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Saturday, November 17, 2012


The OED defines blasé as: exhausted by enjoyment, weary and disgusted with it; used up. It also, similarly, defines it as bored or unimpressed through over-familiarity; insensitive, supercilious. It is the past participle of F fw, blaser, to exhaust by enjoyment, cloy. The word, apart from its French counterpart, is of largely unknown etymology. It is closely associated with Cloy, which commonly means to maim, pierce, or clog, but also means to satiate, surfeit, gratify beyond desire. It stems from the mF, enclouer, meaning to nail. It is a fairly recent word, with its first recorded English use being in 1819. 
In one sense, those who are described as blasé are world-weary. They have little appreciation for the luxuries they enjoy — their idea of commonplace. To someone of a lesser stature, these luxuries would only be enjoyed on special occasions, or not at all. Nonetheless, they would be highly desirable to those devoid of these luxuries. However, for the blasé, the thrill, the excitement, the novelty of these events, opportunities, luxuries has worn off from overconsumption and the sweetness has turned to revulsion. To one not privy to these overindulgences, such people (the blasé) seem ignorant, aloof, selfish and insensitive. They have no respect for the luxuries one would appreciate. 
Most often, this word is reserved for the upper class and the first world, with much disdain. However, the sole determinant of whether or not another person is blasé is the opinion of the observer, and his or her own values. An impoverished person may think another discarding leftover food is blasé. That person discarding leftover food might think the guy who just passed him in a Range Rover is blasé. That guy driving the Range Rover might think that the gluttonous tycoon who paid off those involved in a scandal he caused blasé. It goes on. What is normal to one person may be disrespectful and insulting to another. In this sense, the notion of another being blasé is rooted in the cultural values of the observer. A Mennonite may think that his neighbour cutting his lawn , working on a sunday, is blasphemous, unheard of, and entirely disrespectful to their culture and society. If he seems unfazed by this idea, in that he always cuts his lawn on a sunday, they might deem him blasé.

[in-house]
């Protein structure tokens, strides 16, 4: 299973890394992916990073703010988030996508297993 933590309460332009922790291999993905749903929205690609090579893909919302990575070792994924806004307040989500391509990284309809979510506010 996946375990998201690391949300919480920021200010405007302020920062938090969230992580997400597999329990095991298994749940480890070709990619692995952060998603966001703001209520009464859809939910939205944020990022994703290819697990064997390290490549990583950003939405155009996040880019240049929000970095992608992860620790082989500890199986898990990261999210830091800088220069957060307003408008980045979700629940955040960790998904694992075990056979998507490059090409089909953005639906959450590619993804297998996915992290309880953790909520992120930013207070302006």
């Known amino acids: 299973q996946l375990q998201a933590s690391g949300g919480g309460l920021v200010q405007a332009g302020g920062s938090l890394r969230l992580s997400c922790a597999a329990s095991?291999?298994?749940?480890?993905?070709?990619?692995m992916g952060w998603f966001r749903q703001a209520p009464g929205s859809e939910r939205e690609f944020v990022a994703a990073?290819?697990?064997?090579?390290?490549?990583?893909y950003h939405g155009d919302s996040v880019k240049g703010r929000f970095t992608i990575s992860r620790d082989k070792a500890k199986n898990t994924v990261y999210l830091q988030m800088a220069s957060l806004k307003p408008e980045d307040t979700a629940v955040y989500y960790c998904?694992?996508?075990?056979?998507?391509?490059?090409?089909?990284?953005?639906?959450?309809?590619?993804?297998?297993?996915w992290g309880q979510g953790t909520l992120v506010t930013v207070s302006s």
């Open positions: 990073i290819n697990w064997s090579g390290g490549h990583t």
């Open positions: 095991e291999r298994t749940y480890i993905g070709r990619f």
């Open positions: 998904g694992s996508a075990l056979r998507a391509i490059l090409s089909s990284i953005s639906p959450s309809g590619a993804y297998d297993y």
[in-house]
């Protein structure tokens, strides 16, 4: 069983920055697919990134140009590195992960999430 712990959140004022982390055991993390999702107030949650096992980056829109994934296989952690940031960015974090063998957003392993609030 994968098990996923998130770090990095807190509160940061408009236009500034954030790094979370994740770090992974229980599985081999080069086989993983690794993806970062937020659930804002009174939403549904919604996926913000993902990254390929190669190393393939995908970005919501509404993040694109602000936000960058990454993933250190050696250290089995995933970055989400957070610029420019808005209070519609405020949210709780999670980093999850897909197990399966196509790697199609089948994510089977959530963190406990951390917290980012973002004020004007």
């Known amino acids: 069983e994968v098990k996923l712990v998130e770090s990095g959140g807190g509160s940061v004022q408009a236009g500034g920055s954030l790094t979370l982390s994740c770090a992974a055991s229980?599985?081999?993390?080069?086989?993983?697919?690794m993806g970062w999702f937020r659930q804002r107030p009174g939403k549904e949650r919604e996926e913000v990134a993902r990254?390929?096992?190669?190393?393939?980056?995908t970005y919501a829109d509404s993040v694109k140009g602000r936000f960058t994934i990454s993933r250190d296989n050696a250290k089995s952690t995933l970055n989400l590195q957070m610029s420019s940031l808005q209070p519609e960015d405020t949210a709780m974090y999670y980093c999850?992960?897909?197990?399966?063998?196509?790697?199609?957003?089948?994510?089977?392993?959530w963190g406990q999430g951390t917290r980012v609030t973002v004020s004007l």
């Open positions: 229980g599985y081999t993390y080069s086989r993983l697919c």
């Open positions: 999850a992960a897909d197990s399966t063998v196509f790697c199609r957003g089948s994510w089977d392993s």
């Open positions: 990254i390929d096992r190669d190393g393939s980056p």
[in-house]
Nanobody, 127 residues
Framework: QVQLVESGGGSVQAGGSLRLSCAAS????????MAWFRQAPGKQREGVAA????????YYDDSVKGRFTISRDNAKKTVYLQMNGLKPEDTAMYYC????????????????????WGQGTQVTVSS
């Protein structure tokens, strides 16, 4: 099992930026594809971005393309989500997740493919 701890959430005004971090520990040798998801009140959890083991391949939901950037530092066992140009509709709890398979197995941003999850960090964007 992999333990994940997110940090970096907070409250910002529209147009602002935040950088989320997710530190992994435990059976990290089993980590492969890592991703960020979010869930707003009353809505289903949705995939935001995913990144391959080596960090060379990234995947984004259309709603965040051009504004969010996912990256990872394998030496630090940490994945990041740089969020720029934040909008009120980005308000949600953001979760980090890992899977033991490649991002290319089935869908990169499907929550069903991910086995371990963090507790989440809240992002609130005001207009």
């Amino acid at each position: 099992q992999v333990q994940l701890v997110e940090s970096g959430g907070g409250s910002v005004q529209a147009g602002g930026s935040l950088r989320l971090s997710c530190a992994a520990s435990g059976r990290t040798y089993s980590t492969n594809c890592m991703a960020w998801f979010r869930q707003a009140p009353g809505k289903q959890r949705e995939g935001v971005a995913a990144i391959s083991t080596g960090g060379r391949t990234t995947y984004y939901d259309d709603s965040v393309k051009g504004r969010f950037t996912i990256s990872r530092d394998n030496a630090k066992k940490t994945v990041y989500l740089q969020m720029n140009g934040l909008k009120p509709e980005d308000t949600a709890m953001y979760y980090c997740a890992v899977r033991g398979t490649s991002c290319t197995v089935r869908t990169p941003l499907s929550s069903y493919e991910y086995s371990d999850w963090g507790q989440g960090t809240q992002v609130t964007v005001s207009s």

Blasé is not solely reserved for the rich and the spoiled. It is used for those who take things for granted. Everyone is, in this sense, slightly ignorant — slightly blasé. This is more or less unavoidable. The problem occurs when one is so satiated with luxury that nothing can satisfy their selfish hunger, be it physical or metaphysical. This is the far extreme of blasé.


“blasé, adj. : Oxford English Dictionary,” http://www.oed.com/view/Entry/19914?
“accloy, v. : Oxford English Dictionary,” last updated December 2011, http://www.oed.com/view/Entry/1111? 

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